The John Lennon Wall stands in a quiet square among the baroque architecture of Prague’s diplomatic quarter. Lennon was a pacifist hero for the Czech subculture during the totalitarian era. Prague’s John Lennon Wall helped inspire the non-violent “Velvet revolution” that led to the fall of Communism in the former Czechoslovakia.
What it represents?
In the decade following the collapse of Communism, the Lennon Wall came to represent not only a memorial to Lennon and his ideas, but also a monument to free speech and the non-violent rebellion of Czech youth against the repressions of neo-Stalinism.
Shortly after Lennon’s death in 1980 under supervision of the Communist secret police, an anonymous group of Prague youth set up a mock grave for the ex-Beatle. The event was spontaneous and young people risked prison for what authorities called “subversive activities against the state.” Prague’s mock tombstone was, in fact, a recess within a garden wall that forms the backside of a 14th century churchyard. At the time of Lennon’s death, western pop songs were banned by Communist authorities and some Czech musicians who played the music were sent to jail for the offense. But the threat of prison couldn’t keep people from slipping into the square at night to scrawl graffiti epitaphs in honor of their underground hero. The Communist police tried repeatedly to whitewash over the graffiti but they could never manage to keep the wall clean.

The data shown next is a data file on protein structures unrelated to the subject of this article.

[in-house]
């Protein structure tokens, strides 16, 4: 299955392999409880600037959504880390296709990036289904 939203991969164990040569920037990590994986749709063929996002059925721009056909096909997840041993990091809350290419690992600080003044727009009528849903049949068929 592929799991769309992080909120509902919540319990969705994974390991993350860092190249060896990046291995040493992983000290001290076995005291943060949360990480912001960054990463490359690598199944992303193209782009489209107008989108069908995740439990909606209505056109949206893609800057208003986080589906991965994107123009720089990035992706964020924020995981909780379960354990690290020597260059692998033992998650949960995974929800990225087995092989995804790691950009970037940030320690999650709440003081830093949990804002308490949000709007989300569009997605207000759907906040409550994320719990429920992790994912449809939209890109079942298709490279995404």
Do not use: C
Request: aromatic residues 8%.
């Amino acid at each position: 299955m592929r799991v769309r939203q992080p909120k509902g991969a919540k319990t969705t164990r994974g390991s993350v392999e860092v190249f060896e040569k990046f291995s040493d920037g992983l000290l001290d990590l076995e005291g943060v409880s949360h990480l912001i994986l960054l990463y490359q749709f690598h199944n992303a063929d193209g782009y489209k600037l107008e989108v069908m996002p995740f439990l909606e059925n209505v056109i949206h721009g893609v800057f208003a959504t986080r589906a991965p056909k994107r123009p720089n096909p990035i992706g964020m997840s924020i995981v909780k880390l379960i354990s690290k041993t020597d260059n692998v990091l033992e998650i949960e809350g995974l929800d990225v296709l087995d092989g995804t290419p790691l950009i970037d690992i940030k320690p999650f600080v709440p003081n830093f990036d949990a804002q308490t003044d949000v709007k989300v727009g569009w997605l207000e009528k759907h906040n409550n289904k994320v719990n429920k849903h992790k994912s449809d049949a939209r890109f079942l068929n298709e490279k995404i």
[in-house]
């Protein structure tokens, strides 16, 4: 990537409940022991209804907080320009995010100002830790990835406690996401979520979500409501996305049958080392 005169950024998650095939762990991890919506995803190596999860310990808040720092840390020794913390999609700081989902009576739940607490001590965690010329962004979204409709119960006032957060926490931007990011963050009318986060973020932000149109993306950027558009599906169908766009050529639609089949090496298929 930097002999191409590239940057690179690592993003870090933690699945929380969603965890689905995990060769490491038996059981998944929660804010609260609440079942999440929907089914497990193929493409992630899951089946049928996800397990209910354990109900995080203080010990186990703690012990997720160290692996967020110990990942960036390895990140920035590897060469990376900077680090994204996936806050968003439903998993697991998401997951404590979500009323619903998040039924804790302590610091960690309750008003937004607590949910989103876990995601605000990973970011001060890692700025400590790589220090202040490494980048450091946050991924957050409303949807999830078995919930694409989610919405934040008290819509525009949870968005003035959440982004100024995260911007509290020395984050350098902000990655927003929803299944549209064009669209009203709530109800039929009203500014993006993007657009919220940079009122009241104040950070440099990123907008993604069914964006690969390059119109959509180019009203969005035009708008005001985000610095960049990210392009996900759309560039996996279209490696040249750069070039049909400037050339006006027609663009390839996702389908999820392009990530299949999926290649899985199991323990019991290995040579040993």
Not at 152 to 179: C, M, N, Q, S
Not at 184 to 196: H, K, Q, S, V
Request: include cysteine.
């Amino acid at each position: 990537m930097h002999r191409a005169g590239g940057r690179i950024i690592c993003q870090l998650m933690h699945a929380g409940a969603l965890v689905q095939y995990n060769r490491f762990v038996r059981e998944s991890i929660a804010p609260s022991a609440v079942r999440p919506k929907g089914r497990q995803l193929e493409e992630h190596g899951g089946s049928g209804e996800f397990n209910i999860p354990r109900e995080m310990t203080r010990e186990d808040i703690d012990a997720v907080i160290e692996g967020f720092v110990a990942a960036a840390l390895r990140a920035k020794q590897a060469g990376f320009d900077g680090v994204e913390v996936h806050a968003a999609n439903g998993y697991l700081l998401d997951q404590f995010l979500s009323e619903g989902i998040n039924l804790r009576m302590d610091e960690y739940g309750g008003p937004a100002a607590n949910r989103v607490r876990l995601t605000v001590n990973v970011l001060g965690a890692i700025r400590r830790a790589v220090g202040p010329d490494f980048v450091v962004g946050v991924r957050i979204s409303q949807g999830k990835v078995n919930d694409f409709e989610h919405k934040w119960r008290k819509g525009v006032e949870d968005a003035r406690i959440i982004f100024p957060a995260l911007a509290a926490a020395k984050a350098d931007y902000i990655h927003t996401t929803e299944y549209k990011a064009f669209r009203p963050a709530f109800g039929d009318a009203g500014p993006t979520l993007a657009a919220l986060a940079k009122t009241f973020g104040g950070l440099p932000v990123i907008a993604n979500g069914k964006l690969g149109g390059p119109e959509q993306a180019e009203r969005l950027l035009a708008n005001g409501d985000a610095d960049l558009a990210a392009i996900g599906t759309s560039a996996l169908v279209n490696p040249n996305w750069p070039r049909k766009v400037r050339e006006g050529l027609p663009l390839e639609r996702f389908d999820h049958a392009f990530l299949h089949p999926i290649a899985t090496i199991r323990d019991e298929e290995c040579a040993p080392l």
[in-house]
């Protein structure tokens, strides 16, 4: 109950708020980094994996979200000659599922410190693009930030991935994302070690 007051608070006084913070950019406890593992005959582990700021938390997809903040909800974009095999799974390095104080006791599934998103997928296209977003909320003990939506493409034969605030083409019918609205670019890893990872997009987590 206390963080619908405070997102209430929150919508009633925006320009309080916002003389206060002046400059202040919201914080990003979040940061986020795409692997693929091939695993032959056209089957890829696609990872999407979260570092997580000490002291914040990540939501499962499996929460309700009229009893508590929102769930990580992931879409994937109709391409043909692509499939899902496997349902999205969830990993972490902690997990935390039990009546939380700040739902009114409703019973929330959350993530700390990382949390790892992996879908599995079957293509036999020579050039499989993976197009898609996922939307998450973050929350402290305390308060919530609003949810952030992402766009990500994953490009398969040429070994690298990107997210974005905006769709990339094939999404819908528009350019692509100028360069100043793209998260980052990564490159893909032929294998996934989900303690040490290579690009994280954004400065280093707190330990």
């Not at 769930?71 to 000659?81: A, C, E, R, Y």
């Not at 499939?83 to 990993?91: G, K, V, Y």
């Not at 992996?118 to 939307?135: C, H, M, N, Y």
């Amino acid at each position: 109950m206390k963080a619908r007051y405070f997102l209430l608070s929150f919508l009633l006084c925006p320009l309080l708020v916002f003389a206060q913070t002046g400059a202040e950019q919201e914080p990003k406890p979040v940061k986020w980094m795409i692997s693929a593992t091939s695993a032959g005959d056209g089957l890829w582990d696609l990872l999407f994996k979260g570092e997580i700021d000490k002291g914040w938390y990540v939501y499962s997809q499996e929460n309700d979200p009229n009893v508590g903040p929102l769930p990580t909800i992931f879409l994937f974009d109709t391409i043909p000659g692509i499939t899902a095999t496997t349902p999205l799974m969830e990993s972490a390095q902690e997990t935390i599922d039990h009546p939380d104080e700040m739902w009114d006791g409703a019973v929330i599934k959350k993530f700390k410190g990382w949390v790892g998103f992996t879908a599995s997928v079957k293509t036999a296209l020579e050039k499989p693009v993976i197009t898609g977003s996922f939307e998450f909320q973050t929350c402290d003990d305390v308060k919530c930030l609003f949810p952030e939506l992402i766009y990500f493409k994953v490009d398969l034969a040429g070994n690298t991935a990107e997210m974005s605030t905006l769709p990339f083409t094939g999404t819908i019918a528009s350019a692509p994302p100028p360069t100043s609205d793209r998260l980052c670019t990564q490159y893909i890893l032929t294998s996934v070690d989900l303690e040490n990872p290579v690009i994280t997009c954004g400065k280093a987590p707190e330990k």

The original painted image of Lennon was soon surrounded by political graffiti and Beatles lyrics, becoming an important part of the non-violent rebellion of Czech youth and a constant source of annoyance for the police, who repeatedly painted over the wall, only to have the graffiti reappear just days later.
Location: Velkoprevorske namesti | Mala Strana,Prague 11800
Nearby hotels: Hotel Residence Agnes, Golden Well Hotel, Alchymist Prague Castle Suites
Nearby sights: Old Town (Stare Mesto), Charles Bridge, St. Vitus Cathedral